- Lu, B., Wu, Y., Nielson, C. M., Flores, R., Abrahamsen, M., Papenfuss, M., Harris, R. B., & Giuliano, A. R. (2009). Factors associated with acquisition and clearance of human papillomavirus infection in a cohort of US men: a prospective study. The Journal of infectious diseases, 199(3).More infoOur understanding of factors associated with acquisition and clearance of human papillomavirus (HPV) in men has been limited. This study sought to determine factors associated with those aspects of HPV infection in a cohort of US men.
- Nielson, C. M., Harris, R. B., Flores, R., Abrahamsen, M., Papenfuss, M. R., Dunne, E. F., Markowitz, L. E., & Giuliano, A. R. (2009). Multiple-type human papillomavirus infection in male anogenital sites: prevalence and associated factors. Cancer epidemiology, biomarkers & prevention : a publication of the American Association for Cancer Research, cosponsored by the American Society of Preventive Oncology, 18(4).More infoHuman papillomavirus (HPV) causes cervical cancer and is strongly associated with other anogenital cancers. Multiple-type HPV infection has been associated with lengthier infection and precancerous lesions. Little is known about multiple-type HPV prevalence and associated factors in men. We examined the prevalence of and risk factors for multiple-type HPV in primarily asymptomatic men. Detection of 37 HPV types in male anogenital epithelium and semen was completed in 463 men in two U.S. cities. The proportions of men with multiple HPV of any type and with multiple oncogenic or nononcogenic types were calculated. Factors associated with multiple HPV were evaluated using multinomial logistic regression. Overall, 22.9% of men had multiple-HPV, 8.6% of men had multiple oncogenic types, and 13.4% had multiple nononcogenic types. Greater proportions of samples at the shaft, glans/corona, and scrotum had multiple HPV types (18.7%, 12.8%, and 7.3%, respectively) than did other anogenital sites (all < or =2.8%). Factors independently associated with multiple-type HPV were Hispanic ethnicity [adjusted odds ratio (AOR), 2.45; 95% confidence interval (95% CI), 1.05-5.67], concurrent detection of genital warts (AOR, 10.40; 95% CI, 1.12-96.6), smoking > or =10 cigarettes/d (AOR, 3.00; 95% CI, 1.07-8.43), greater lifetime number of female sexual partners (AOR, 13.73 for > or =21 versus 1-5; 95% CI, 5.34-35.3), and condom use less than half the time (AOR, 2.03; 95% CI, 1.07-3.84). Detection of multiple HPV types in this study of primarily asymptomatic men was common, particularly at external genital sites. Lifetime number of female sex partners, condom use, and smoking were modifiable factors associated with multiple HPV.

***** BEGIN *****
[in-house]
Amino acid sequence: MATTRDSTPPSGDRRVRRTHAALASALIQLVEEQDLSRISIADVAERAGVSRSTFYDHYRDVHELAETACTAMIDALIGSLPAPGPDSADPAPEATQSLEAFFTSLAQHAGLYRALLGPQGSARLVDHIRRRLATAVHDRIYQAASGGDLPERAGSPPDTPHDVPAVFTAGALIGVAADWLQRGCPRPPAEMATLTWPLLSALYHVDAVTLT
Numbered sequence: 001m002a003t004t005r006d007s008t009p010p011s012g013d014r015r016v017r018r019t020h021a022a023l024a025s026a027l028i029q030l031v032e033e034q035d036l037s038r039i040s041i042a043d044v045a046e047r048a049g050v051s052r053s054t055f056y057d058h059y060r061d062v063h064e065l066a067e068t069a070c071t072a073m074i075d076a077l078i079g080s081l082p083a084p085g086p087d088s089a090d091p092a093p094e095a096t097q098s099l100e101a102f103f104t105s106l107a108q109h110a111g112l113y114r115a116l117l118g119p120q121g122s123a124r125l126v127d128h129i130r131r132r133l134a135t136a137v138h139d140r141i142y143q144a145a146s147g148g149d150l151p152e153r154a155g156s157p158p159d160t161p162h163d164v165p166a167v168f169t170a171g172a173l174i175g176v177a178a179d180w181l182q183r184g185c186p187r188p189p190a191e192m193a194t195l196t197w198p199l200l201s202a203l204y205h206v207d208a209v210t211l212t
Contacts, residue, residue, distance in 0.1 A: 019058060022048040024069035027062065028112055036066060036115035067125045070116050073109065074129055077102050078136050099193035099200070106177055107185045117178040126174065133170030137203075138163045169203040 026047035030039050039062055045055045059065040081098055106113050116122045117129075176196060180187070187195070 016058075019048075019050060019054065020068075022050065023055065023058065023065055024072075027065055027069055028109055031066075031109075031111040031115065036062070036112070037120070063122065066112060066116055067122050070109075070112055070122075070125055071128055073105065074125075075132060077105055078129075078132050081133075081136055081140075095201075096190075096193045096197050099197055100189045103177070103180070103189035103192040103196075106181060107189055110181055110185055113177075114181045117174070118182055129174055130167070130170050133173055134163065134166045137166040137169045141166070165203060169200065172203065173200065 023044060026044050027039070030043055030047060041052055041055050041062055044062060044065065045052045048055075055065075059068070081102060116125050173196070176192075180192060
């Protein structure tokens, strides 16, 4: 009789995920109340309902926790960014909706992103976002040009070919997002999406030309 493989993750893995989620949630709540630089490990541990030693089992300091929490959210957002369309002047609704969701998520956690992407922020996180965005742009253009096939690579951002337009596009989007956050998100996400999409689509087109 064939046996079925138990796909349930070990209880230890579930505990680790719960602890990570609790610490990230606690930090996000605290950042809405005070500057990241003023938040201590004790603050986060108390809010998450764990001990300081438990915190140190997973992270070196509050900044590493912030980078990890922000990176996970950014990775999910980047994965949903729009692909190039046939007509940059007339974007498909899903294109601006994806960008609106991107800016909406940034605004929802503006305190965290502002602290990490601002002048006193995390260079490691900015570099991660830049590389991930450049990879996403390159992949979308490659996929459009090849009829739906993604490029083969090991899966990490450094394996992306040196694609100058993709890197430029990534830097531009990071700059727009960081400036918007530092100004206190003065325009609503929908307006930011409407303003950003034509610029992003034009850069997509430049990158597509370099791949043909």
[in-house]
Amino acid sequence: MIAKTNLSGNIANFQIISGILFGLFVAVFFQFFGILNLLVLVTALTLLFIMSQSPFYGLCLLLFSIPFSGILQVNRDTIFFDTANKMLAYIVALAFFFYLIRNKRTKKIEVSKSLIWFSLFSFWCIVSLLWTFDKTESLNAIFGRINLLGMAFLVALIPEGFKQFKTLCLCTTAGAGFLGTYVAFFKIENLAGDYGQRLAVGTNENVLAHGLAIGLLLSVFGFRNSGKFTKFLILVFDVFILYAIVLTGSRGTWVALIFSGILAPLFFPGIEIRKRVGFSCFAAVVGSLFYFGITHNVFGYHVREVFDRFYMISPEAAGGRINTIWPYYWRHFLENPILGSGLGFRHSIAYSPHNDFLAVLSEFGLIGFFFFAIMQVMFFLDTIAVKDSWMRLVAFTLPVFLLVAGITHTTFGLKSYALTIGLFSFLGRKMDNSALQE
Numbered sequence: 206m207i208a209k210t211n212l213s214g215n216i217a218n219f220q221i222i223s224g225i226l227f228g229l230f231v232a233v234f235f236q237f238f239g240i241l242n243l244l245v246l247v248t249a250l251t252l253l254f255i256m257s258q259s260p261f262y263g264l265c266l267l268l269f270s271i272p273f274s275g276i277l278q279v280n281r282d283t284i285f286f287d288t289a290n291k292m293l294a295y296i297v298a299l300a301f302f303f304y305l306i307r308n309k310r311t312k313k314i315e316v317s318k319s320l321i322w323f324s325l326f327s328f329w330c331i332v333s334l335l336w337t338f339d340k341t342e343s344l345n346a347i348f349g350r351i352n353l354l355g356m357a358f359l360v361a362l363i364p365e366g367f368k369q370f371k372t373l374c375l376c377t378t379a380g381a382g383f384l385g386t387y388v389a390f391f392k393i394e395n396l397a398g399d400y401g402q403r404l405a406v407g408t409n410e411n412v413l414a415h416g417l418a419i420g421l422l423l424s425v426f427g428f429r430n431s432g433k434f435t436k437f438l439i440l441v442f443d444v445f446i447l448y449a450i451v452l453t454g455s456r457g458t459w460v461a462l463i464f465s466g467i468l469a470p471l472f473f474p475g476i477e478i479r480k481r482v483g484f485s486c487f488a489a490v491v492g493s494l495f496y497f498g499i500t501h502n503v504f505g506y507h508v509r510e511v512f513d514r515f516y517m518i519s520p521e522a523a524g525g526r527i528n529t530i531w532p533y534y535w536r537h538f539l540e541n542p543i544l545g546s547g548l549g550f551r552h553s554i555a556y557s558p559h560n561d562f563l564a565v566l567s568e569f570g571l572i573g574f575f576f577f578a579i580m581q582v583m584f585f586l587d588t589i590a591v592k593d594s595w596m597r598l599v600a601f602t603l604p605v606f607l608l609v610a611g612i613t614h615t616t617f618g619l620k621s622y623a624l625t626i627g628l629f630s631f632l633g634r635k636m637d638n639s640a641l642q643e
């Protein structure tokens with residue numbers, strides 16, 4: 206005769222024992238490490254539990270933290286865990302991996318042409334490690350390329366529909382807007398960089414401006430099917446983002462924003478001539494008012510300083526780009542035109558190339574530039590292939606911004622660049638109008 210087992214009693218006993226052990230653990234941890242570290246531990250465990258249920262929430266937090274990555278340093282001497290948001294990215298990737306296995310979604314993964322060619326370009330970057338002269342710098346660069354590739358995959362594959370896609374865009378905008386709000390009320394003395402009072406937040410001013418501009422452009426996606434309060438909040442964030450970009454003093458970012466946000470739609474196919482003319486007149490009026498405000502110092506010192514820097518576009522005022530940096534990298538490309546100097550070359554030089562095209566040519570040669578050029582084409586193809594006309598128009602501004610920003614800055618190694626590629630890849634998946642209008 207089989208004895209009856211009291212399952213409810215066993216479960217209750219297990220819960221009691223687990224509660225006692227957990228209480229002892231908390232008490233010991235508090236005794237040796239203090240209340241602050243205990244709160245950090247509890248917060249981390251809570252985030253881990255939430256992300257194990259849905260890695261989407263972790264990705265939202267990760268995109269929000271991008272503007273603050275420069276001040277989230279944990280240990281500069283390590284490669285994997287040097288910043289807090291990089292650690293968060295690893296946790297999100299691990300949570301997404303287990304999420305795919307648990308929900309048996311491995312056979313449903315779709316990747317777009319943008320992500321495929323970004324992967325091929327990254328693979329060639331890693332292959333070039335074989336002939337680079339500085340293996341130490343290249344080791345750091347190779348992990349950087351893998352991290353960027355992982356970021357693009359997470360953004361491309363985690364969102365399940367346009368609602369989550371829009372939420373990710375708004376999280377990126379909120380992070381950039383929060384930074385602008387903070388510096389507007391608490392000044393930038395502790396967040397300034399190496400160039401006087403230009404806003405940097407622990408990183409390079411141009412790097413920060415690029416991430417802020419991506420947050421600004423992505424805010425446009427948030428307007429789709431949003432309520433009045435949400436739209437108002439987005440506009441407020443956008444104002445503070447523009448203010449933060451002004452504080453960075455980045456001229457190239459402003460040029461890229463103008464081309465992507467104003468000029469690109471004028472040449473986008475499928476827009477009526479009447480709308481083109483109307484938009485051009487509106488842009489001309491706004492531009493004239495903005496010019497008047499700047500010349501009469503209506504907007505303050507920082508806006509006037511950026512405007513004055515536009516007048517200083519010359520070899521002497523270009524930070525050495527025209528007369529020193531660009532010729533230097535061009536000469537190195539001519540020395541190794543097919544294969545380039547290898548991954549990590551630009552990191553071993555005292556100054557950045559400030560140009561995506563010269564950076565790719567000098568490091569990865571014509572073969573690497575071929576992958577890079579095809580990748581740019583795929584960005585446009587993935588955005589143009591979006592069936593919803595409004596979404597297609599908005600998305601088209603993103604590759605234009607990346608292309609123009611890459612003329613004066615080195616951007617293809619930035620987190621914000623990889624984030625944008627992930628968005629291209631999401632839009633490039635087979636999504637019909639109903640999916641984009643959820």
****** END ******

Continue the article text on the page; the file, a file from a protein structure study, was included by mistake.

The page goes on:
- Burgess, J. L., Harris, R. B., Kurzius-Spencer, M., Bofinger, C. M., Ranger-Moore, J., Miller, H. B., Poplin, G. S., Burgess, J. L., Harris, R. B., Kurzius-Spencer, M., Bofinger, C. M., Ranger-Moore, J., Miller, H. B., & Poplin, G. S. (2008). International evaluation of injury rates in coal mining: A comparison of risk and compliance-based regulatory approaches. Safety Science, 46(8), 1196-1204.
- Flores, R., Abalos, A. T., Nielson, C. M., Abrahamsen, M., Harris, R. B., & Giuliano, A. R. (2008). Reliability of sample collection and laboratory testing for HPV detection in men. Journal of virological methods, 149(1).More infoAnalysis of male HPV infection is hindered frequently by the lack of consistency in collection methods and sample adequacy for detection of HPV with molecular methods. Presented here are the reliability of sample collection of male anogenital skin exfoliated cells, as well as reliability of PCR-based HPV detection method and genotyping analysis. Concordance of HPV test for paired collected samples from different anatomical sites was determined. The highest agreement was observed for penile shaft with a kappa (kappa)=0.75 (95% CI: 0.63-0.86), followed by perianal area (kappa=0.68, 95% CI: 0.51-0.86); and lowest at the anal canal (kappa=0.55, 95% CI: 0.35-0.74) and scrotum (kappa=0.54, 95% CI: 0.40-0.69). The reliability of laboratory testing was highest for detection of oncogenic types (kappa=0.86, 95% CI: 0.71-1.00) and for multiple-type HPV infections (kappa=0.84, 95% CI: 0.72-0.95) compared to detection of non-oncogenic HPV types (kappa=0.64, 95% CI: 0.47-0.82) or single HPV-type detection (kappa=0.52, 95% CI: 0.32-0.72). In conclusion, the swab method used to obtain skin exfoliated cells is adequate for sample collection, and the specimens can be used reliably for molecular HPV testing.
- Flores, R., Lu, B., Beibei, L., Nielson, C., Abrahamsen, M., Wolf, K., Lee, J., Harris, R. B., & Giuliano, A. R. (2008). Correlates of human papillomavirus viral load with infection site in asymptomatic men. Cancer epidemiology, biomarkers & prevention : a publication of the American Association for Cancer Research, cosponsored by the American Society of Preventive Oncology, 17(12).More infoNumerous studies have evaluated human papillomavirus (HPV) DNA load in women, especially HPV-16 viral load, and its role in cervical carcinogenicity. Few studies have examined HPV viral load in men, none among asymptomatic men. The aim of the current study is to quantify HPV-16 viral load in male anogenital specimens and to explore its correlates with anatomic sites. Two-hundred and ninety-four specimens from 42 men who tested positive for HPV-16 at one or more anatomic sites were evaluated. HPV DNA was detected with PGMY 09/11 primer and genotyped with reverse line blot assay followed by HPV-16 viral quantification using type-specific real-time PCR assay (TaqMan). The quantitative PCR assay showed a higher sensitivity in HPV-16 viral DNA detection compared with the reverse line blot assay. Viral load varied significantly by anatomic site (P = 0.019). Penile shaft specimens had significantly higher viral load than any other anatomic site evaluated except for the anal canal. HPV-16 viral load was positively correlated between proximal anatomic sites: perianal and anal canal (P = 0.003), perianal and scrotum (P = 0.011), scrotum and glans/corona (P = 0.045), and scrotum and penile shaft (P = 0.037). In conclusion, the penile shaft seemed to be the preferred site for HPV-16 viral replication. Viral load correlation between proximal sites suggested a possible autoinoculation in male HPV transmission.